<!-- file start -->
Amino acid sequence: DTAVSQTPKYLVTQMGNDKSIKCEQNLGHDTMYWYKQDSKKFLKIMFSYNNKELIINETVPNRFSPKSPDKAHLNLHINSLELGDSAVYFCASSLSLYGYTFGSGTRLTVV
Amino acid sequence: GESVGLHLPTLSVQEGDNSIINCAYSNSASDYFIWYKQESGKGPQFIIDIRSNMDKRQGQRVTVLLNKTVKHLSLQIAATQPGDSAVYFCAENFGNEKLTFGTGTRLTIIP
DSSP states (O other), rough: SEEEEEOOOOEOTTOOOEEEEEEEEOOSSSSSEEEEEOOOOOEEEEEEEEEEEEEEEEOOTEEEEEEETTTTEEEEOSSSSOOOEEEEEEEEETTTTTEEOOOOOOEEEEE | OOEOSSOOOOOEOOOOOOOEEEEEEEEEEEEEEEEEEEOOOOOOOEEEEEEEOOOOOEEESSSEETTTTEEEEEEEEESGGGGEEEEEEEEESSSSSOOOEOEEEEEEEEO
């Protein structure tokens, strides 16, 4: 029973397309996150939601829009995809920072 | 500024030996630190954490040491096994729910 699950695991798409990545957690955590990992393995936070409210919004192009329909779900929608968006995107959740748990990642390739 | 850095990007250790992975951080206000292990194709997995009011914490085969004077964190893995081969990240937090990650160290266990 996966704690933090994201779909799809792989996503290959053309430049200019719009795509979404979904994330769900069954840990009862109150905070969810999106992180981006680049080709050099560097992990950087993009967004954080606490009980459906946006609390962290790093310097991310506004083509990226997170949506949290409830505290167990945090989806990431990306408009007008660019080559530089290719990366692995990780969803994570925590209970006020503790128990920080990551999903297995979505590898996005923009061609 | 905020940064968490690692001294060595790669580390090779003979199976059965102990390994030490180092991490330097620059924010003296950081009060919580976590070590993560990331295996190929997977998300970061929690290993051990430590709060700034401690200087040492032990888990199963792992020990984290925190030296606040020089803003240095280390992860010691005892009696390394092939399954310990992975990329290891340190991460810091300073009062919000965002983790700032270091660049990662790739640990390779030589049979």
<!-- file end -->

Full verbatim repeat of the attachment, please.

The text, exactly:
Amino acid sequence: DTAVSQTPKYLVTQMGNDKSIKCEQNLGHDTMYWYKQDSKKFLKIMFSYNNKELIINETVPNRFSPKSPDKAHLNLHINSLELGDSAVYFCASSLSLYGYTFGSGTRLTVV
Amino acid sequence: GESVGLHLPTLSVQEGDNSIINCAYSNSASDYFIWYKQESGKGPQFIIDIRSNMDKRQGQRVTVLLNKTVKHLSLQIAATQPGDSAVYFCAENFGNEKLTFGTGTRLTIIP
DSSP states (O other), rough: SEEEEEOOOOEOTTOOOEEEEEEEEOOSSSSSEEEEEOOOOOEEEEEEEEEEEEEEEEOOTEEEEEEETTTTEEEEOSSSSOOOEEEEEEEEETTTTTEEOOOOOOEEEEE | OOEOSSOOOOOEOOOOOOOEEEEEEEEEEEEEEEEEEEOOOOOOOEEEEEEEOOOOOEEESSSEETTTTEEEEEEEEESGGGGEEEEEEEEESSSSSOOOEOEEEEEEEEO
């Protein structure tokens, strides 16, 4: 029973397309996150939601829009995809920072 | 500024030996630190954490040491096994729910 699950695991798409990545957690955590990992393995936070409210919004192009329909779900929608968006995107959740748990990642390739 | 850095990007250790992975951080206000292990194709997995009011914490085969004077964190893995081969990240937090990650160290266990 996966704690933090994201779909799809792989996503290959053309430049200019719009795509979404979904994330769900069954840990009862109150905070969810999106992180981006680049080709050099560097992990950087993009967004954080606490009980459906946006609390962290790093310097991310506004083509990226997170949506949290409830505290167990945090989806990431990306408009007008660019080559530089290719990366692995990780969803994570925590209970006020503790128990920080990551999903297995979505590898996005923009061609 | 905020940064968490690692001294060595790669580390090779003979199976059965102990390994030490180092991490330097620059924010003296950081009060919580976590070590993560990331295996190929997977998300970061929690290993051990430590709060700034401690200087040492032990888990199963792992020990984290925190030296606040020089803003240095280390992860010691005892009696390394092939399954310990992975990329290891340190991460810091300073009062919000965002983790700032270091660049990662790739640990390779030589049979």